Ashes are a symbol of rebirth in the final scene, showing how from death, new life arises. After Jimmy dies in the final Act, Mary gives birth to a baby boy at Moore River Reserve. As part of a traditional ritual, Gran covers the baby in ashes. This unconventional act displays Gran’s wise resourcefulness and experience in delivering children, as well as a rejection of modern conventions. In a more symbolic sense, the ashes represent new life rising from death and the baby's deceased ancestors. This birth is in some sense a rebirth of Jimmy, who has just died. Ashes represent a generational cycle that perpetuates family. Indeed, the baby is even named Jimmy.
Neal's Newspaper (Motif)
Throughout the play, Mr. Neal, who presides over the Aborigines at Moore River Reserve, is seen in his office reading a newspaper. This motif represents the fact that he is more invested in current events, politics, and bureaucracy, than in the actual lives of his charges at the reservation. It becomes a symbol of his negligence as a leader.
Sugar is symbolic of sympathy and care, analogous to the sweetness of sugar, and the symbol represents pleasant emotions that are desirable. However, as the name “No Sugar” suggests, it is the absence of care towards Indigenous Australians that defines the narrative. The lack of sugar is symbolic of the cruelty that is exhibited towards Aborigines throughout the play.
Sugar is a symbol of the care and love which the Millimurra family tries to hold onto, represented by Sam “lacing [mugs of tea] generously with sugar." This sugar represents the kindness that the family members show one another.
The symbolic meaning of sugar also comes up when Neville speaks to Jimmy on the day of his release from prison. Jimmy is pushy about wanting his travel voucher to get back home and Neville tells him, "sugar catches more flies than vinegar," as a way of suggesting that he will get farther if he is kinder and gentler in his temperament.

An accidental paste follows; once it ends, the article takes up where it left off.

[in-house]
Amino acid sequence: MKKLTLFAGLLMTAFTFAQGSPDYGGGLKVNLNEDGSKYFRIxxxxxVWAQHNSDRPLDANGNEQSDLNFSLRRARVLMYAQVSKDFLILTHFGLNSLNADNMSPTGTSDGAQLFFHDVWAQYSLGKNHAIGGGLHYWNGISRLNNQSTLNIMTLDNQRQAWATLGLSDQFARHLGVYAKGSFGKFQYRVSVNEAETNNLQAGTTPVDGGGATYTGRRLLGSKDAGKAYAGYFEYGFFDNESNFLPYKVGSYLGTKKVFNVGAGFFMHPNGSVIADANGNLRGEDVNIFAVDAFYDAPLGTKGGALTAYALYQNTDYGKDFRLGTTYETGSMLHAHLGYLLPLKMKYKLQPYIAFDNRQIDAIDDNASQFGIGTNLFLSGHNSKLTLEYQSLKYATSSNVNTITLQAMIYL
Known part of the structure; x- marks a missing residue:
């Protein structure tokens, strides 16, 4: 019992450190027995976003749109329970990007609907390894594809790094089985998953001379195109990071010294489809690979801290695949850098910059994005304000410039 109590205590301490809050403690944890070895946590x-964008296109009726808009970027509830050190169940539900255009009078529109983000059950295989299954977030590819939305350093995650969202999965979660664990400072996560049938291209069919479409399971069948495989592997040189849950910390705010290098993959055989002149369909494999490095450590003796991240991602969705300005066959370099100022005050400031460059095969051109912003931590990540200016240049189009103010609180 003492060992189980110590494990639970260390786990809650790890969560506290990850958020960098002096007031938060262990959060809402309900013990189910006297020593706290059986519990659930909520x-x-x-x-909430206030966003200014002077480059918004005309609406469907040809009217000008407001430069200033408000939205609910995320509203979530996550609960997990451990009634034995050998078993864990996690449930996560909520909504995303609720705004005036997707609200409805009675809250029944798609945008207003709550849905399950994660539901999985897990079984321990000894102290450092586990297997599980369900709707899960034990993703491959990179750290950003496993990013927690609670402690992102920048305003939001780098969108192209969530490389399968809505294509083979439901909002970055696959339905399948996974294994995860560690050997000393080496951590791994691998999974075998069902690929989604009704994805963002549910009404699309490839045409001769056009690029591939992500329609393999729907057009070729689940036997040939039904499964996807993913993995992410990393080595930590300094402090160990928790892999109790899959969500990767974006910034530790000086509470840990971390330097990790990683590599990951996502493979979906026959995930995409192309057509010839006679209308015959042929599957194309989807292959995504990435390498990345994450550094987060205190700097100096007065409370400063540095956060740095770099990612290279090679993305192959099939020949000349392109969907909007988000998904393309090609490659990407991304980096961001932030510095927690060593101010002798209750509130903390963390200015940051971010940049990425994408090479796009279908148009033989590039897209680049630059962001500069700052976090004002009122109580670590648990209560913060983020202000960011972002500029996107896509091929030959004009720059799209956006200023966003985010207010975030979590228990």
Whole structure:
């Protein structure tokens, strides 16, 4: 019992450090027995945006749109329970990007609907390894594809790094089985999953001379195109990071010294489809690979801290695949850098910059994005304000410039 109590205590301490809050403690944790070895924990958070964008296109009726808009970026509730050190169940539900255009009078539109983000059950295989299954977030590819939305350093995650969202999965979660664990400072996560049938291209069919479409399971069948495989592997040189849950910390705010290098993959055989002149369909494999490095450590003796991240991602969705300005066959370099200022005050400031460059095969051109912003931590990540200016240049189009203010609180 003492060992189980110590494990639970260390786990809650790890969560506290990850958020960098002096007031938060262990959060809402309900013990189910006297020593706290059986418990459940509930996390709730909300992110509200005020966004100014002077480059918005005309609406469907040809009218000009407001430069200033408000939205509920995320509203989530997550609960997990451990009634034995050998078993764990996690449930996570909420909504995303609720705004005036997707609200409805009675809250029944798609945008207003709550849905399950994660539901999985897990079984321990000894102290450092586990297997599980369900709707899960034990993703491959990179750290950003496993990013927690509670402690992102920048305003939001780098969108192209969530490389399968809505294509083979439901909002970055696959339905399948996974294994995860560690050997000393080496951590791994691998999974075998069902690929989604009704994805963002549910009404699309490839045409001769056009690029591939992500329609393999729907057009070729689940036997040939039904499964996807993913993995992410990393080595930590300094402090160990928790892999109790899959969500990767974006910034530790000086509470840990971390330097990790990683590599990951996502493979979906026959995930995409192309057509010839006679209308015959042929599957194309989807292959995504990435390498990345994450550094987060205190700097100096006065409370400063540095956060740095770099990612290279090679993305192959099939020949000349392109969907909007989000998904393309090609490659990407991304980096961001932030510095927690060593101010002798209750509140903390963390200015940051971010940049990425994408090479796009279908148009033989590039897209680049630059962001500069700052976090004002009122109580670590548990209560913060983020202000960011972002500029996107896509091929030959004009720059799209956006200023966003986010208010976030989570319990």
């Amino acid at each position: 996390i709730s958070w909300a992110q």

Soap is a symbol of hygiene, a European attempt to civilize Indigenous people and assimilate them into “civilized” society. By attempting to teach Indigenous people to use modern hygiene, white authorities attempt to transform their traditional way of life into a more modern lifestyle. Ironically enough, however, the authorities cannot even provide the simple commodity of soap in the rations, and they fail in their own schemes. Gran rejects these attempts at modernization when she states that Milly should use the tjeerung bush instead of soap to clean her hair; this illustrates her connection to a reliable and traditional relationship with nature. The removal of soap from the ration list is therefore symbolic of the white “protection” authority’s failure to look after the hygiene and health of Indigenous people.
Blood is symbolic of a primal connection to the land, as well as the element of life. In Act 1 Scene 1, Jimmy cuts his finger and watches the blood drip to the ground. This stage direction is symbolic of a personal identification with the earth. Symbolically, Jimmy is part of the earth and the earth is his own lifeblood. This symbol represents the connection that the Aborigines have with the natural landscape, which is forcefully taken from them. The acquisition of land by European settlers robs Aborigines of their identity and life, their connection to the Earth on which they live. The image of dripping blood also symbolizes Jimmy’s violence and willingness to give up his life for the sacred land. This image in Act 1 foreshadows his death, while also characterizing his fearlessness and vigor.
No Sugar Questions and Answers
The Question and Answer section for No Sugar is a great
resource to ask questions, find answers, and discuss the novel.